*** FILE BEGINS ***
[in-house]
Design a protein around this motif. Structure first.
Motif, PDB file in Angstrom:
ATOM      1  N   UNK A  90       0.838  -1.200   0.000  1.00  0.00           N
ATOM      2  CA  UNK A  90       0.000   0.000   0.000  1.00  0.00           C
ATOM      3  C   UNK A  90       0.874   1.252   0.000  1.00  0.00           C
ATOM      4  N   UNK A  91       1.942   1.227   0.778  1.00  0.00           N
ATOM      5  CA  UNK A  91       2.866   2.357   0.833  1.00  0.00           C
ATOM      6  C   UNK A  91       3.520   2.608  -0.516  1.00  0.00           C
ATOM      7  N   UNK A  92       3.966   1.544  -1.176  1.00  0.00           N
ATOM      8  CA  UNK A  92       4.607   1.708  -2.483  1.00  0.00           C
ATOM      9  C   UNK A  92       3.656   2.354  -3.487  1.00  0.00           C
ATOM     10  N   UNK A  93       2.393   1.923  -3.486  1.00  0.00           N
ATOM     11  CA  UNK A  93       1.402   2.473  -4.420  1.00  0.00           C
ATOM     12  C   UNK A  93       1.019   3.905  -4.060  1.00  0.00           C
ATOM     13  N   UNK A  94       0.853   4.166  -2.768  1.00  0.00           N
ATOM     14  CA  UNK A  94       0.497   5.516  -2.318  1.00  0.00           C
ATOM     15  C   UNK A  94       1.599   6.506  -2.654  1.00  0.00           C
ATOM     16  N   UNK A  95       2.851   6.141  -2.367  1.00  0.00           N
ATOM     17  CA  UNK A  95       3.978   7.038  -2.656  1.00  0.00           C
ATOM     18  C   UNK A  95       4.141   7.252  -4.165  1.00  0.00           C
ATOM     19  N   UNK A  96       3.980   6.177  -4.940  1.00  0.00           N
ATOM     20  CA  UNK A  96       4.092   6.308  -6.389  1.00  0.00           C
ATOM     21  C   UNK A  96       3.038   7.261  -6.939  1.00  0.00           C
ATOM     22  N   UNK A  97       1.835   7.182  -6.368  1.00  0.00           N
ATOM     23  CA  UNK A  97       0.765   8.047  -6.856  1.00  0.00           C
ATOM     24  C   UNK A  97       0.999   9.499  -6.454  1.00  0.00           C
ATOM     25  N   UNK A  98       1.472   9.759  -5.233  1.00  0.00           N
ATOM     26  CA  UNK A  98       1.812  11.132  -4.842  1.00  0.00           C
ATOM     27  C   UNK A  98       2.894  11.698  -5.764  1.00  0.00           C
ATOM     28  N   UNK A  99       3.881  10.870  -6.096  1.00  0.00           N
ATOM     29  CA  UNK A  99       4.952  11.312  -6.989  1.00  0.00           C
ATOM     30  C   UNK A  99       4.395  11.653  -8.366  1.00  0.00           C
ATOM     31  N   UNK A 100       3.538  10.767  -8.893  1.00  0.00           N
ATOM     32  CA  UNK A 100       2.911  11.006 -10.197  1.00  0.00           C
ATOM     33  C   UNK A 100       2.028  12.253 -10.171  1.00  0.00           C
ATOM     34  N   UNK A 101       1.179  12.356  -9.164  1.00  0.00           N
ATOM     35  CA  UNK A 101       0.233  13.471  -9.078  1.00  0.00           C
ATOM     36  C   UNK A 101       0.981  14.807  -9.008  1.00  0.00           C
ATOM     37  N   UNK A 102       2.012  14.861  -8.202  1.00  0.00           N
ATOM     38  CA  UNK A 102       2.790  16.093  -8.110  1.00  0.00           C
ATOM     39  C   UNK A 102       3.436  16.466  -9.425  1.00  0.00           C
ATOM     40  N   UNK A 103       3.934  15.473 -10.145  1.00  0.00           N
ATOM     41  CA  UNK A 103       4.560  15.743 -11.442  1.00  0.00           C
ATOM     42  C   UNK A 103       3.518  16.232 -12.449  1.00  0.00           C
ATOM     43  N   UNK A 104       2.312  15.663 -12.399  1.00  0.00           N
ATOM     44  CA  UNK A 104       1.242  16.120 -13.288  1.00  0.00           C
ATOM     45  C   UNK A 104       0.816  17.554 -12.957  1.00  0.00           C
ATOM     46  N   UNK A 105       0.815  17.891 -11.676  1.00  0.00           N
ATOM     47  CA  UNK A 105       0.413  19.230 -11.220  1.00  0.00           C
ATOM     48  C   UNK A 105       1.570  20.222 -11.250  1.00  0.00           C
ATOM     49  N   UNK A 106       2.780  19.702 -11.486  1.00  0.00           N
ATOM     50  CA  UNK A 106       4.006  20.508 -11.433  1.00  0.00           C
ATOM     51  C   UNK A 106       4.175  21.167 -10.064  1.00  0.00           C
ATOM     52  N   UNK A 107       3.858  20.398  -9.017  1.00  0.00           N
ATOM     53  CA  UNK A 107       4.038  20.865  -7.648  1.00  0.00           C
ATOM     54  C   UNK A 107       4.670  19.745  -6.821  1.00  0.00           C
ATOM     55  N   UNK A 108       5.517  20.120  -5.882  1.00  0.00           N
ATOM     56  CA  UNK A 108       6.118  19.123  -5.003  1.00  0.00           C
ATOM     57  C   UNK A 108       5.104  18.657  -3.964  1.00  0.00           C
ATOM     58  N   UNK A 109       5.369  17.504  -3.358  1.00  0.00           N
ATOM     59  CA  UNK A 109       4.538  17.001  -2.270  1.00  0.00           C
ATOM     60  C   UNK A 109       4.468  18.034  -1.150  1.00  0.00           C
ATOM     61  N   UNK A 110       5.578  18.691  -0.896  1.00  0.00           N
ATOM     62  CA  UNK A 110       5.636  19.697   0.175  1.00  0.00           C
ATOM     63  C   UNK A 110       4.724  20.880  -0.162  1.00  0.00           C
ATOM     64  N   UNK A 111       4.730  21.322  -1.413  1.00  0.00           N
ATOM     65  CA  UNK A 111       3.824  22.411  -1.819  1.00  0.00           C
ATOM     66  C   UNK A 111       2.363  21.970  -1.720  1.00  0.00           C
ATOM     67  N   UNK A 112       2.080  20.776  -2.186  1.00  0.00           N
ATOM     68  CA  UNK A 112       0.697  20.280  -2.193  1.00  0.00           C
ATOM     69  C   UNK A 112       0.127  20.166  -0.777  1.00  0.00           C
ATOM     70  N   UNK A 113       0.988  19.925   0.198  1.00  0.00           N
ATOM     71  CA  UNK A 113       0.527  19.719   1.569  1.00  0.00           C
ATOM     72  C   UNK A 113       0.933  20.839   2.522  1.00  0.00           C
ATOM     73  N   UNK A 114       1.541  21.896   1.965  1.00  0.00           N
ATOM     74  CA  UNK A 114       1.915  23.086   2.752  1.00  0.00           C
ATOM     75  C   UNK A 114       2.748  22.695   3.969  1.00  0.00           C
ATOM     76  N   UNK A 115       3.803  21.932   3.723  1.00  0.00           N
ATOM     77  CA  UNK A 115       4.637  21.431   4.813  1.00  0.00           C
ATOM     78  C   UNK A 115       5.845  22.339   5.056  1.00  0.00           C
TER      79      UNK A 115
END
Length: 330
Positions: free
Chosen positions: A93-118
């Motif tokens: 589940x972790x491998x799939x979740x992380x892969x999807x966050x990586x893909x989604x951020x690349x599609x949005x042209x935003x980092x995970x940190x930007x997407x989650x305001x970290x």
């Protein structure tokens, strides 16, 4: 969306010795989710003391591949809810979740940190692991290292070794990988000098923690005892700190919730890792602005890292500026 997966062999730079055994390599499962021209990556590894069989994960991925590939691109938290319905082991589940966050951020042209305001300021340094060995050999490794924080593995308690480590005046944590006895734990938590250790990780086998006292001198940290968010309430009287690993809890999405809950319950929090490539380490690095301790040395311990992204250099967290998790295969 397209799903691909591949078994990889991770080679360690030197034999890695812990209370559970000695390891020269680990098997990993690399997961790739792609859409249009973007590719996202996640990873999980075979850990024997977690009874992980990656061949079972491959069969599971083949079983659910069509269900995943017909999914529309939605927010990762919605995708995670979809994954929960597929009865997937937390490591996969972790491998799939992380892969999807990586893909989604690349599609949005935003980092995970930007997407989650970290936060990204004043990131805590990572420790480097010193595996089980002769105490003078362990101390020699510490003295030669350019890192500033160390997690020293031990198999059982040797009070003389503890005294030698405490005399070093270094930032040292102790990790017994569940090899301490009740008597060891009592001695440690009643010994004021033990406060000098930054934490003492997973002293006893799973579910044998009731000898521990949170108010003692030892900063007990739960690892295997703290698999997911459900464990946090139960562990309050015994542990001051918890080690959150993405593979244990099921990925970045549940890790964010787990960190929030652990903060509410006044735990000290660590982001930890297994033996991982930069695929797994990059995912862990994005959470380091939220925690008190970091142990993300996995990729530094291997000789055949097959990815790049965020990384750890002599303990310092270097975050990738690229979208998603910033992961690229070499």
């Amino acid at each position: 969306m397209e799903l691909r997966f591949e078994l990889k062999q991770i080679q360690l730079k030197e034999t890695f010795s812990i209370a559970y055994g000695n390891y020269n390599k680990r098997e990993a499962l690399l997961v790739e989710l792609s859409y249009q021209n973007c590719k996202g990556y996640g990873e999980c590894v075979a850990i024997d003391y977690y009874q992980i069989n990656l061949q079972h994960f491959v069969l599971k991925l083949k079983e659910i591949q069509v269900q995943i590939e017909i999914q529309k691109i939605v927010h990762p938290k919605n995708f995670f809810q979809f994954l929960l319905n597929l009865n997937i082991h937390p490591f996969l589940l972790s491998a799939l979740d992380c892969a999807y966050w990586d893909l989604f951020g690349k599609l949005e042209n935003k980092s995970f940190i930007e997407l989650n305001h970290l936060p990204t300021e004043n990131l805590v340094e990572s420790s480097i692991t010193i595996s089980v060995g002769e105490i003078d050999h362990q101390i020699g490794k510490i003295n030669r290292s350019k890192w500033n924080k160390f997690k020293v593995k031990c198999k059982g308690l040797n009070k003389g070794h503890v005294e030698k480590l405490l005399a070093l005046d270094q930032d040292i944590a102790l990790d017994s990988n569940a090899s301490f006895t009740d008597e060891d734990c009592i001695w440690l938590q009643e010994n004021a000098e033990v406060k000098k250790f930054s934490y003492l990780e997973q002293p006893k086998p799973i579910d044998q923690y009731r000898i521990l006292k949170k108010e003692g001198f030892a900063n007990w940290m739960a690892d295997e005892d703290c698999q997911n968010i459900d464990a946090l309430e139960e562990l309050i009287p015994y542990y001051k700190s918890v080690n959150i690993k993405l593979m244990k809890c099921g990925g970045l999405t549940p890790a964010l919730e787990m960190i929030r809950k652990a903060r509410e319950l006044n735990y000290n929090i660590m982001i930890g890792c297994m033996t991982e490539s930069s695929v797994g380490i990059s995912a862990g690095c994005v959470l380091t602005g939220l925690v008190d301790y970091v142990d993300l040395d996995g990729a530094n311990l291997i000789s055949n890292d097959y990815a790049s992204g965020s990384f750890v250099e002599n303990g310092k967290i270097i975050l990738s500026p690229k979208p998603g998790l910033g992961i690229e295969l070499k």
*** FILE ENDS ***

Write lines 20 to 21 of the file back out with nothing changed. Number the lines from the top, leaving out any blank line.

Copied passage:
ATOM     17  CA  UNK A  95       3.978   7.038  -2.656  1.00  0.00           C
ATOM     18  C   UNK A  95       4.141   7.252  -4.165  1.00  0.00           C